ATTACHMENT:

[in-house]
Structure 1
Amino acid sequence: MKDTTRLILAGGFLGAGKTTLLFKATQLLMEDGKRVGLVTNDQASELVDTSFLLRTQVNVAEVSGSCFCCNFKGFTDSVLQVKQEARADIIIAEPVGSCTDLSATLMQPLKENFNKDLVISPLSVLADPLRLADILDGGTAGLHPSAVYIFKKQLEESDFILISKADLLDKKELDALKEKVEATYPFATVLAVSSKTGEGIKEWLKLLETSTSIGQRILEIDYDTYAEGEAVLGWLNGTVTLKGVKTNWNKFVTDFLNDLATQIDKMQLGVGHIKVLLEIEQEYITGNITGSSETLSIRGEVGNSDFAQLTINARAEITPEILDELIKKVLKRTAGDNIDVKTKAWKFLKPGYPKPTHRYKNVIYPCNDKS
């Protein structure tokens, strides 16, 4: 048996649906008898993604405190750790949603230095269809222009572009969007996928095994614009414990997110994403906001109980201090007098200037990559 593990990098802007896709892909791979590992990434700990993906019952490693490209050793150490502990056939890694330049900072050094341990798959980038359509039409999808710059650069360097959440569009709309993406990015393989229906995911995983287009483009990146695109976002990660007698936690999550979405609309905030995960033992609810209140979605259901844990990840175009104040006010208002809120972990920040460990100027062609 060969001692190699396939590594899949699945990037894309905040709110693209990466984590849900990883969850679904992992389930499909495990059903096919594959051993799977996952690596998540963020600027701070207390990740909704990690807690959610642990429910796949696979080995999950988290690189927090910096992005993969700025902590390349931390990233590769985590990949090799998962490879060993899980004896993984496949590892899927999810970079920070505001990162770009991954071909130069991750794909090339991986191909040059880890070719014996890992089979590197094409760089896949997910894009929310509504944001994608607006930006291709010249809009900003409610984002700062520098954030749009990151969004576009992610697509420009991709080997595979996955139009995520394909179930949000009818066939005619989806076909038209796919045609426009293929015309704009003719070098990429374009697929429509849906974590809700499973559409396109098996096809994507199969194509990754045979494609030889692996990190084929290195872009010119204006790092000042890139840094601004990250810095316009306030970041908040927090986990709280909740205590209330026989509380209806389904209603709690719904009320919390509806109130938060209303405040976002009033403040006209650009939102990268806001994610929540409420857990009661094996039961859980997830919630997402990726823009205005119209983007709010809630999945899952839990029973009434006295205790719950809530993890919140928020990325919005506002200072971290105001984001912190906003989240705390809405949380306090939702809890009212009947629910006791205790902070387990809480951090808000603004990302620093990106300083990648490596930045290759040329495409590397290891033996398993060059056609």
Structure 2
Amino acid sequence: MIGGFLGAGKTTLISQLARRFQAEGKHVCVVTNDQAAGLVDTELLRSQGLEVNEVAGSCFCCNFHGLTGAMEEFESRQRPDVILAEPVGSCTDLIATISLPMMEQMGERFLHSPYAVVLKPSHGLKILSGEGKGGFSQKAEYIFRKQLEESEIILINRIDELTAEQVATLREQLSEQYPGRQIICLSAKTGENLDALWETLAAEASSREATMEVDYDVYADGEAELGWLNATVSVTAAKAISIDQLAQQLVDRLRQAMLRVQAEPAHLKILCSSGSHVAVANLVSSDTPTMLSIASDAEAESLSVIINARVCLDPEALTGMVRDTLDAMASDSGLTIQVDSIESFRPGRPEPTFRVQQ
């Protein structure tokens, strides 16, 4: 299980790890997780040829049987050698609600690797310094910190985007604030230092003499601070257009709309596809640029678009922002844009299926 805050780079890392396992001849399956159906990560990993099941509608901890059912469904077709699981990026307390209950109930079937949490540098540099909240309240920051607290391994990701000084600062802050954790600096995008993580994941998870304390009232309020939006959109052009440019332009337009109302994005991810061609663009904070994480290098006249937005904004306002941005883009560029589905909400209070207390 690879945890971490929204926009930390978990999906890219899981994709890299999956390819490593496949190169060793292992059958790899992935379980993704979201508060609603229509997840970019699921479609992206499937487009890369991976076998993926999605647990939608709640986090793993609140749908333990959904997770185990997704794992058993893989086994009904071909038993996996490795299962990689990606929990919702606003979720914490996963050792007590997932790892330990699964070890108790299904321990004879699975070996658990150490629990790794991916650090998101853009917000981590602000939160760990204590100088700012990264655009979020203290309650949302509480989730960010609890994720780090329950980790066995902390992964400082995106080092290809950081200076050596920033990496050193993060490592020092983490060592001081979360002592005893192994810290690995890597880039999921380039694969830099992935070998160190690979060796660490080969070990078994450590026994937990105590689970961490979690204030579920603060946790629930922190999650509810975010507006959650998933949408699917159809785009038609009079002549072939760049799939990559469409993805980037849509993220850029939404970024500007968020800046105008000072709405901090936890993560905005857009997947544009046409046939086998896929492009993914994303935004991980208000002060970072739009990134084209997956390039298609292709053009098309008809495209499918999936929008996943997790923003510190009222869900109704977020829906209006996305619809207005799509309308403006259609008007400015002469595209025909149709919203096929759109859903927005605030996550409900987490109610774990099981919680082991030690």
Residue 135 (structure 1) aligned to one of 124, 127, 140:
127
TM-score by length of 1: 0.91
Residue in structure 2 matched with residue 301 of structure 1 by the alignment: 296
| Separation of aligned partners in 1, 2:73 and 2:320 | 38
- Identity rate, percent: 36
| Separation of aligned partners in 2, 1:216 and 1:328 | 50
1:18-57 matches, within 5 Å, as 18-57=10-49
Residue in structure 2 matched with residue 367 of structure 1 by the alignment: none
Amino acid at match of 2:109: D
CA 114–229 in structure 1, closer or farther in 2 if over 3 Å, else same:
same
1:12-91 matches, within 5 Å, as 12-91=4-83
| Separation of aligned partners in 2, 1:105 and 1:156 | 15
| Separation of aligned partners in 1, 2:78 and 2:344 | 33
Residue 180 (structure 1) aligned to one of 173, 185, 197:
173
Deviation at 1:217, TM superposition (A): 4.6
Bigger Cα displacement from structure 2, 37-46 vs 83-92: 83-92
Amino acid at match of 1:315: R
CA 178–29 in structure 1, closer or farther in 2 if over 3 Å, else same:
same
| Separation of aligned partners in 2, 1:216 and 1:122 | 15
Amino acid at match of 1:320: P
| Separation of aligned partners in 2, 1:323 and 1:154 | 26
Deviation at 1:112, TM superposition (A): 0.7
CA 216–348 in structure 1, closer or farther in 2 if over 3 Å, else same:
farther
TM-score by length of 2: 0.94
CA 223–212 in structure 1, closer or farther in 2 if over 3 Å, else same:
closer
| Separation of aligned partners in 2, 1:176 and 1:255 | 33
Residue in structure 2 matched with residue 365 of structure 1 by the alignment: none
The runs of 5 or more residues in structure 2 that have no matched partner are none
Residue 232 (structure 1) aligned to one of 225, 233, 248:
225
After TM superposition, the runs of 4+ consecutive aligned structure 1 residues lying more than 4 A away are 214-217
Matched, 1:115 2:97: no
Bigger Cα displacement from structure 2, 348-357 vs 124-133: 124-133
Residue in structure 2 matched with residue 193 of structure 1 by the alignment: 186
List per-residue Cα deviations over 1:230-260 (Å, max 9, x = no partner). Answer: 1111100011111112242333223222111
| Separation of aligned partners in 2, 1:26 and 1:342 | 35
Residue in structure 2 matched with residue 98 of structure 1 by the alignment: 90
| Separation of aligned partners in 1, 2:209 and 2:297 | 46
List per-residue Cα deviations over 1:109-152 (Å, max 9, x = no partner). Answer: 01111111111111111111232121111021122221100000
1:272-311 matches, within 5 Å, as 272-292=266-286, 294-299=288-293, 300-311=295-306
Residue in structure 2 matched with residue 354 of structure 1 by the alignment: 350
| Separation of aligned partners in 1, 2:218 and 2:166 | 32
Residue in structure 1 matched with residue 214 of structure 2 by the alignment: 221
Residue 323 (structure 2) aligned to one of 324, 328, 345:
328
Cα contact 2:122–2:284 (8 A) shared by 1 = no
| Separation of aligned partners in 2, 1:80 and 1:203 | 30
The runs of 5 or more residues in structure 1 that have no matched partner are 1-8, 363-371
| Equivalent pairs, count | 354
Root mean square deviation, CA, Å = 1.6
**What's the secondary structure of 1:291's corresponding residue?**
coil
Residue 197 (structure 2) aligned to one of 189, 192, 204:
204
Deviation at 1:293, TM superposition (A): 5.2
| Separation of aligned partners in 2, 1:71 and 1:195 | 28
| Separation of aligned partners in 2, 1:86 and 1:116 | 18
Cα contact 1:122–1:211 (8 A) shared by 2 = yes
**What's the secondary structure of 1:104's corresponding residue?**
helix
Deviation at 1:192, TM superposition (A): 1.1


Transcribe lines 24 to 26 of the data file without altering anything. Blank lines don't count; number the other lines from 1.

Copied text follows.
173
Deviation at 1:217, TM superposition (A): 4.6
Bigger Cα displacement from structure 2, 37-46 vs 83-92: 83-92